Once, writer Richard Hoffman, whose two workshops during my MFA program triggered a big surge in my craft, counseled me this way, when my father was dying and I was worried that my writing output was declining: "Life first, writing second."
I took his advice then, put down my pen and my overly rigid expectations of myself for a few weeks. I came through the other side, ready to produce new writing again, richer I think than if I had forced myself to keep to a normal schedule.
Now, I find myself coming back to Richard's advice again. I've been across the country for two weeks at my mother's hospital bedside, and I've been struggling (but managing) to keep up with my students and teaching obligations, and to turn in contracted, assigned writing projects. But I've also been struggling, and not managing, to continue to produce a thousand or so words a day for new memoir and essay pieces.
Richard's words come back to me and I have to remind myself of their wisdom and the gift of freedom they gave me four years ago. I may be absent from my usual output (and from the blog) for a while longer, but I have come to realize that unless I take on Life first, writing second – then what would I, as a nonfiction memoir and personal essay writer, have to write about anyway? Unless I attend to life as it unfolds, what could I possibly have to say that might matter to anyone else's life?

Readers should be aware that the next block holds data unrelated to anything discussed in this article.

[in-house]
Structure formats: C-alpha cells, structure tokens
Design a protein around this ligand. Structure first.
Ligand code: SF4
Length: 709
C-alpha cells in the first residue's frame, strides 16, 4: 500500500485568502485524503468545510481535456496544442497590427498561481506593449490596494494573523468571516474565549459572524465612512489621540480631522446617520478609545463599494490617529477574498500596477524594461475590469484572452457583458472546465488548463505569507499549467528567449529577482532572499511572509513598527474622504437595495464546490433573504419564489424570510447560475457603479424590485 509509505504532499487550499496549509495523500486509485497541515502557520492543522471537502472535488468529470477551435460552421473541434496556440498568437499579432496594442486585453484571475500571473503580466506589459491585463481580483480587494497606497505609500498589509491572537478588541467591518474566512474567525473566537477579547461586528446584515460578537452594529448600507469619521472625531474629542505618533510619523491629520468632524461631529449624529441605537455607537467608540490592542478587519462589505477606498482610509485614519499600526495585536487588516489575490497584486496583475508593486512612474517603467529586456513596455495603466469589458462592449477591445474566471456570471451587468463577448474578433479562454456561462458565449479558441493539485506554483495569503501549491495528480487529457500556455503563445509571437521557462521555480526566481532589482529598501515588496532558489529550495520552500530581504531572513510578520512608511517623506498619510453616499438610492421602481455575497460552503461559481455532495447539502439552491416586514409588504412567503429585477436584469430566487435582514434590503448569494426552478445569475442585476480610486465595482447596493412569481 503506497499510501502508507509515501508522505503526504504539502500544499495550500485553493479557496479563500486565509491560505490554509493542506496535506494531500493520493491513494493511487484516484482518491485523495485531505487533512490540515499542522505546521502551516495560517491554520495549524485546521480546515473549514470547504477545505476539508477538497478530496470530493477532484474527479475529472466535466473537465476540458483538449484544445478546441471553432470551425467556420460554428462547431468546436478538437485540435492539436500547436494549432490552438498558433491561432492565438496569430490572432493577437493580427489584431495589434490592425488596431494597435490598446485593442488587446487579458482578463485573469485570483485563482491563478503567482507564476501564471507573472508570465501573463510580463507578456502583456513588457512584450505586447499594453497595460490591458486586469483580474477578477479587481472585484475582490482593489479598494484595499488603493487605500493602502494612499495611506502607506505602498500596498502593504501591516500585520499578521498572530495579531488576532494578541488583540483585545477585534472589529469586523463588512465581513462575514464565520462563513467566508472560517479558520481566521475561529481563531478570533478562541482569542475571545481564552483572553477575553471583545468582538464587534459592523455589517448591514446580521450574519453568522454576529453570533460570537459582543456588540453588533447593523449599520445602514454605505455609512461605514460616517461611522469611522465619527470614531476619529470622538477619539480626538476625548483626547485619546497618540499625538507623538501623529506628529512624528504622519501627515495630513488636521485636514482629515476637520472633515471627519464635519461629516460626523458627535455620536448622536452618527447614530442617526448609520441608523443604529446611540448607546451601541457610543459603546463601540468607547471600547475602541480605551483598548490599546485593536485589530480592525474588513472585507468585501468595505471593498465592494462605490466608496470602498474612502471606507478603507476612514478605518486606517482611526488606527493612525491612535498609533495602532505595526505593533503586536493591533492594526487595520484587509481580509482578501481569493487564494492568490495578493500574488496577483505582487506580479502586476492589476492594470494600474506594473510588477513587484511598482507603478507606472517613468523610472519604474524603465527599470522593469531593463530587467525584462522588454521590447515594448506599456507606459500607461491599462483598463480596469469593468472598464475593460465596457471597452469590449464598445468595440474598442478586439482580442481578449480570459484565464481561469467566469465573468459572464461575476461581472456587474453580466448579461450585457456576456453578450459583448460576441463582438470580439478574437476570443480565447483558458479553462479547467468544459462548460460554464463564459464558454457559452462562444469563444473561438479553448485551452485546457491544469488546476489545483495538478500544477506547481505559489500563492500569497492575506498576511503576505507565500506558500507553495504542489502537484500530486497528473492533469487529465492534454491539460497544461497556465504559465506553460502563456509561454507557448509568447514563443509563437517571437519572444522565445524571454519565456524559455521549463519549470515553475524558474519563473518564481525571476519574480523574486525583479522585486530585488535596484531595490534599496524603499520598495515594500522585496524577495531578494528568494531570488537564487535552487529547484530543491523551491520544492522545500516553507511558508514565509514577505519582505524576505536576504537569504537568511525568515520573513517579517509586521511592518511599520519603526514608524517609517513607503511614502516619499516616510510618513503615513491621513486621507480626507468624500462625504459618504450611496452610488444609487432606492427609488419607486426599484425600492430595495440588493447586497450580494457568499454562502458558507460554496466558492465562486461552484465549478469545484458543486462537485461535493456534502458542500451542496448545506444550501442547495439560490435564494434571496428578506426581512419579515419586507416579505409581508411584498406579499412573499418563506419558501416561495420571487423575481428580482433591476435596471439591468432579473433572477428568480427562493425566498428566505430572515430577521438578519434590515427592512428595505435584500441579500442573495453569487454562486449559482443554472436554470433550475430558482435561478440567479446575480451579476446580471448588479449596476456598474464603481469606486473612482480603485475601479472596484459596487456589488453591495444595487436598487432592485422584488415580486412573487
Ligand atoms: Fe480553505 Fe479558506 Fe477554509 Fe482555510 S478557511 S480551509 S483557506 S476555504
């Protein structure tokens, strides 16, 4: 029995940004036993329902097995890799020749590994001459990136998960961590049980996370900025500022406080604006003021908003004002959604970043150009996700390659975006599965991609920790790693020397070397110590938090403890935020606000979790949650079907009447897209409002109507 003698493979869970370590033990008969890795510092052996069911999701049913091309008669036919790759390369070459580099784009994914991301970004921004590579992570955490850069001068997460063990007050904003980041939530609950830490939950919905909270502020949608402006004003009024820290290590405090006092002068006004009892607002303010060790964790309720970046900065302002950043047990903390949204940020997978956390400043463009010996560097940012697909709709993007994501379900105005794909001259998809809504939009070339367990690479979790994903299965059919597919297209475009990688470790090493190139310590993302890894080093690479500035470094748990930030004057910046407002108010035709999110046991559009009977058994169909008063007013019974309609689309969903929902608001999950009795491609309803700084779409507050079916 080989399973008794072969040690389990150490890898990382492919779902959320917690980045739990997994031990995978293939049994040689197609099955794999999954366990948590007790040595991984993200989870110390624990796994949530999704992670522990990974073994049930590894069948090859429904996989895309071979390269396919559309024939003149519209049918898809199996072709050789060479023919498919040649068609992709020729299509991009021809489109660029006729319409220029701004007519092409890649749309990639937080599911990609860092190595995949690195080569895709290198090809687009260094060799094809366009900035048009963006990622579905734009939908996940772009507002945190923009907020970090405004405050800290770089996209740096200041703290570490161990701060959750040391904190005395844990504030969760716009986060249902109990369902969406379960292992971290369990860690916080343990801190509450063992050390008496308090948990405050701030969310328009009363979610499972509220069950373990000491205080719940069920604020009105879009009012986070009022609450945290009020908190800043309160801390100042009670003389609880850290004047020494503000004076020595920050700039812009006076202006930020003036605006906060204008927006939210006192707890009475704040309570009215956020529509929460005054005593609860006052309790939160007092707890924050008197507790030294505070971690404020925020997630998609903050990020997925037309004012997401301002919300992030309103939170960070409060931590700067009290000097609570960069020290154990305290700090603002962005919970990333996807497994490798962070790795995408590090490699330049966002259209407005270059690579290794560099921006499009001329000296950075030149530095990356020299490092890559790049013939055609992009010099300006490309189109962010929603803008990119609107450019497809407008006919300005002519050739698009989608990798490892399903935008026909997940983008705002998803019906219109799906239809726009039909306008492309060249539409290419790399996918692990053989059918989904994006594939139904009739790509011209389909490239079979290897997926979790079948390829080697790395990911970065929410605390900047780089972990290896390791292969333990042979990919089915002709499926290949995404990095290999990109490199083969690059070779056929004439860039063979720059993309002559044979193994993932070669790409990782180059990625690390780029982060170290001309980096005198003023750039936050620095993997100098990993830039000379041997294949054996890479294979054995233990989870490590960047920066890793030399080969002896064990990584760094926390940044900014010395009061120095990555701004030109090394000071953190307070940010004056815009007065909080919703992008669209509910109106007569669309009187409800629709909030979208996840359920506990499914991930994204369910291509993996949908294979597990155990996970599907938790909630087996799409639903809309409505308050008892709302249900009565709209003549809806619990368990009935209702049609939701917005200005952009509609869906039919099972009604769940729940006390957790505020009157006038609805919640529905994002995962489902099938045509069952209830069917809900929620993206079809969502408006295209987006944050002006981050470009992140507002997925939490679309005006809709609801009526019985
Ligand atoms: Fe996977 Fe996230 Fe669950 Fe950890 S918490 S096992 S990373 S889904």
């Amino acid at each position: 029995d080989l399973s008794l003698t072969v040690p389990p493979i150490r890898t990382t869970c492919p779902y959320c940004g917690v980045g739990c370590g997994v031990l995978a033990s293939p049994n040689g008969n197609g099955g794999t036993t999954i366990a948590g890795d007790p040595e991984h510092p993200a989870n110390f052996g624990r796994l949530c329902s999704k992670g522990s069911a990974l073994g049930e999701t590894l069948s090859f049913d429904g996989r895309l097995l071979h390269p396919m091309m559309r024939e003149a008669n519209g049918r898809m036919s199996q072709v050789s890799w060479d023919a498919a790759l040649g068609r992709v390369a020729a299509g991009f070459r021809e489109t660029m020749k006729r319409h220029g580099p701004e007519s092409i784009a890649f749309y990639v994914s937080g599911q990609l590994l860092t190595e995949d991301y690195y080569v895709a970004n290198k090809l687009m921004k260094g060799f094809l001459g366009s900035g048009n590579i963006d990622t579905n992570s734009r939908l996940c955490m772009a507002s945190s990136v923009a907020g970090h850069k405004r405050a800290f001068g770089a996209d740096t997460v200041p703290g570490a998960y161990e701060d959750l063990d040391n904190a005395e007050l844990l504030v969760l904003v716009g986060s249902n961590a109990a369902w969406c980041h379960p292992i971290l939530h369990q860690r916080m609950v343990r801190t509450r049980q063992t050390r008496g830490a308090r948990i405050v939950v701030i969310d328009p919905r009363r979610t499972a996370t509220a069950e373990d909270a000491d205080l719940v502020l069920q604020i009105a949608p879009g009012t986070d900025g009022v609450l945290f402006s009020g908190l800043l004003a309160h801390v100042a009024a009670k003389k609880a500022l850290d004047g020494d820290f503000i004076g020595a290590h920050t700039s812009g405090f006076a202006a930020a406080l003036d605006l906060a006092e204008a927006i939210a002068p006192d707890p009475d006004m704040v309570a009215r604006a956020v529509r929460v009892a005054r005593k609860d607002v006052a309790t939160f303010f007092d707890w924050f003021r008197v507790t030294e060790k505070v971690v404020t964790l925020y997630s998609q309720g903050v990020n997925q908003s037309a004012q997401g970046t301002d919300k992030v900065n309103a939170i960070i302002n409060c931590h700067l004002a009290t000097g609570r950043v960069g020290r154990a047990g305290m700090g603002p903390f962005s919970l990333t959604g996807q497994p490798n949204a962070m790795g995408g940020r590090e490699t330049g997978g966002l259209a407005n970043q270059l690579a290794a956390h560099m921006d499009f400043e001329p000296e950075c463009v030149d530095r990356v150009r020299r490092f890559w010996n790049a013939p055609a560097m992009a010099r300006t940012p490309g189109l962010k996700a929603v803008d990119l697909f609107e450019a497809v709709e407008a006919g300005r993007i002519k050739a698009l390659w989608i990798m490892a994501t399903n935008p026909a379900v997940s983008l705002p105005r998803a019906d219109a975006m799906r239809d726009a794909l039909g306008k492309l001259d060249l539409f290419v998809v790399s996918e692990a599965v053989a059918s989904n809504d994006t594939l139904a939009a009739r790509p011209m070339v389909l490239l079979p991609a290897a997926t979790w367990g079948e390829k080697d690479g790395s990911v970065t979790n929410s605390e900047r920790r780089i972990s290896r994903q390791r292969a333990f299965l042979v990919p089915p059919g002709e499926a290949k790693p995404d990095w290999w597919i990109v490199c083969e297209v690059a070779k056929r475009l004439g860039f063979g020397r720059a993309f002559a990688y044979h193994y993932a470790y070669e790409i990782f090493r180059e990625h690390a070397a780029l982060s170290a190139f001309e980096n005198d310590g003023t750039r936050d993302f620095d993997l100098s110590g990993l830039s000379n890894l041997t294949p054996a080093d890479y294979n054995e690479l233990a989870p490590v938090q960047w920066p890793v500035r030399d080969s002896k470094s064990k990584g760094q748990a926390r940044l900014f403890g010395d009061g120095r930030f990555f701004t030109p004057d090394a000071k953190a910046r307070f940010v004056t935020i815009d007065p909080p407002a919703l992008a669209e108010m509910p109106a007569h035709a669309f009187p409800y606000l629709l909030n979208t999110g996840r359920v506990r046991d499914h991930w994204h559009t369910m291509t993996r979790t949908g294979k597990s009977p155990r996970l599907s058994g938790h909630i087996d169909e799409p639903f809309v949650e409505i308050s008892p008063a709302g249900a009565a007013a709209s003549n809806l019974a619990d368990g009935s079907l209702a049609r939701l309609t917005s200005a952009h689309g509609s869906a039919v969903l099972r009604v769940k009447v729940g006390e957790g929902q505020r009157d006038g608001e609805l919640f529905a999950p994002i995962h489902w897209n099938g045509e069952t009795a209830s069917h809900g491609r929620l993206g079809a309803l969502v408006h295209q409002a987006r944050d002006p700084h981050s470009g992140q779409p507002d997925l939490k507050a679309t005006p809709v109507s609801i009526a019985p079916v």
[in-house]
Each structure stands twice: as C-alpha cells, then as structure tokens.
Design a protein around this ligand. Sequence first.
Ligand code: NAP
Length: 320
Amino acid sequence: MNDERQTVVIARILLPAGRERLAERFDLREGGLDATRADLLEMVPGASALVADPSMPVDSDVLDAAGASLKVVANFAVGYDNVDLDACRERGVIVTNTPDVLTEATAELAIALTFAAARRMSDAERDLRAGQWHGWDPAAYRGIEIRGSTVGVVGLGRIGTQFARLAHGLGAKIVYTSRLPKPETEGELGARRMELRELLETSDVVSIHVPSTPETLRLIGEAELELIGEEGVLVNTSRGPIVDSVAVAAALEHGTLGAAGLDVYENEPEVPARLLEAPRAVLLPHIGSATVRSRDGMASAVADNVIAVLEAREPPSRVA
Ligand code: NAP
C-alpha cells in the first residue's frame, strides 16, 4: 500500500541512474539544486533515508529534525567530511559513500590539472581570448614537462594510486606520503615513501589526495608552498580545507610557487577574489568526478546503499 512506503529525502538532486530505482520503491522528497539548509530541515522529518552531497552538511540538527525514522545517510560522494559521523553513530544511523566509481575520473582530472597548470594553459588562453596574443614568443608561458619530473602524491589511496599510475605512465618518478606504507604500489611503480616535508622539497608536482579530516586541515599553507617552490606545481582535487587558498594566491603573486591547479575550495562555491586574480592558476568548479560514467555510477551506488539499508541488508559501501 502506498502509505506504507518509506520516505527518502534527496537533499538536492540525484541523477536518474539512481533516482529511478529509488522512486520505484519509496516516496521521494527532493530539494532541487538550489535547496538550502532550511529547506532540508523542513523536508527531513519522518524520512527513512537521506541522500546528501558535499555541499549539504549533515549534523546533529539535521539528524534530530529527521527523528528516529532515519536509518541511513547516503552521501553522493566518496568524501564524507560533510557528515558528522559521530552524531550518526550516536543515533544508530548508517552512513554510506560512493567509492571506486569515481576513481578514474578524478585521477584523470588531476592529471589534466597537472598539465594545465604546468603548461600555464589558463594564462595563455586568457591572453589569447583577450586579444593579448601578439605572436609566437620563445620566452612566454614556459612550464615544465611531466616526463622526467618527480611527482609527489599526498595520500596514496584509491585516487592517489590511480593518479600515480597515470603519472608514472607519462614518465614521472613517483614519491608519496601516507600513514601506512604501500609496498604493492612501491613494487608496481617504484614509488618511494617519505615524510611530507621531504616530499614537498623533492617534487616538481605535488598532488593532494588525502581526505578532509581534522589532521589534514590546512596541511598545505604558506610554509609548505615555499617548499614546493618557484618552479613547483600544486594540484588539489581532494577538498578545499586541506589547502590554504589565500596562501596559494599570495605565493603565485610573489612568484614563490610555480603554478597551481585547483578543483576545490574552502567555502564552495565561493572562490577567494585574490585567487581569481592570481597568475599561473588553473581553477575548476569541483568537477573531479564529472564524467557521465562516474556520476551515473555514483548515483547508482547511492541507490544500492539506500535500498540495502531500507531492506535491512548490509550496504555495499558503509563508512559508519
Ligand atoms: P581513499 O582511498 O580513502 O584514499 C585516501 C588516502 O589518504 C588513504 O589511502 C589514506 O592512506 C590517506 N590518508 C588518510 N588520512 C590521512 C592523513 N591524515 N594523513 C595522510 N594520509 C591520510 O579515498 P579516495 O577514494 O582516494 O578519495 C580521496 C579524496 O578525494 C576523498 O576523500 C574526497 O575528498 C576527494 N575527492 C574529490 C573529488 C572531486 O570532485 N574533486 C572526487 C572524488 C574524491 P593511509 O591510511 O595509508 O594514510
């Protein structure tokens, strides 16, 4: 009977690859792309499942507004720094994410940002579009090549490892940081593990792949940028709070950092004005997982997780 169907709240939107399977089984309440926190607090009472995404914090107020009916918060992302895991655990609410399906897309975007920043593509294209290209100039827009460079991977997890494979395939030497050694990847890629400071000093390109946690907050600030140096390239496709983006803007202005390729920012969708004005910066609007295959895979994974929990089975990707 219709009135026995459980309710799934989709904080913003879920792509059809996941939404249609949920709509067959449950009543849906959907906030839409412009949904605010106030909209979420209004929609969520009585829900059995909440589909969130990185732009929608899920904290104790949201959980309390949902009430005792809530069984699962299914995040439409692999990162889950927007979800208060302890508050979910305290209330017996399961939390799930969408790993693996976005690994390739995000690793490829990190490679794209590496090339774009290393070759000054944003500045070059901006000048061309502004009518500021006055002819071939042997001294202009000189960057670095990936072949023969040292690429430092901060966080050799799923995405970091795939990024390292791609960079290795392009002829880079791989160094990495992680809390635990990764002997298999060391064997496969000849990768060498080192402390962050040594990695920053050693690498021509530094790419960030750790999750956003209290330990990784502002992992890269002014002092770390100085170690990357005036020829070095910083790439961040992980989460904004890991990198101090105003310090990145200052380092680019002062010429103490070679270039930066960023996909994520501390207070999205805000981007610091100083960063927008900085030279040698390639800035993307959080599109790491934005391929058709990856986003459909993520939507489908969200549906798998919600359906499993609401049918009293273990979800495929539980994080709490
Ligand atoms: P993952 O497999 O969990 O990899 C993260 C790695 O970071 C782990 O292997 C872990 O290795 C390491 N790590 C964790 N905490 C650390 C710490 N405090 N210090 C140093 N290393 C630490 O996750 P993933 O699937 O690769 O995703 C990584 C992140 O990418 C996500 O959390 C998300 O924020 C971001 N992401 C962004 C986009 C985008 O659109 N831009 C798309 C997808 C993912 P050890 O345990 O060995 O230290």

While I'm still away (in several ways), I invite you to skip through the blog archives, especially to the posts where I've passed on more of Richard's wise words about writing here and here. In comments, maybe you can also share your own ideas and experiences about how you manage, or don't manage, to write while in the middle of personal crises.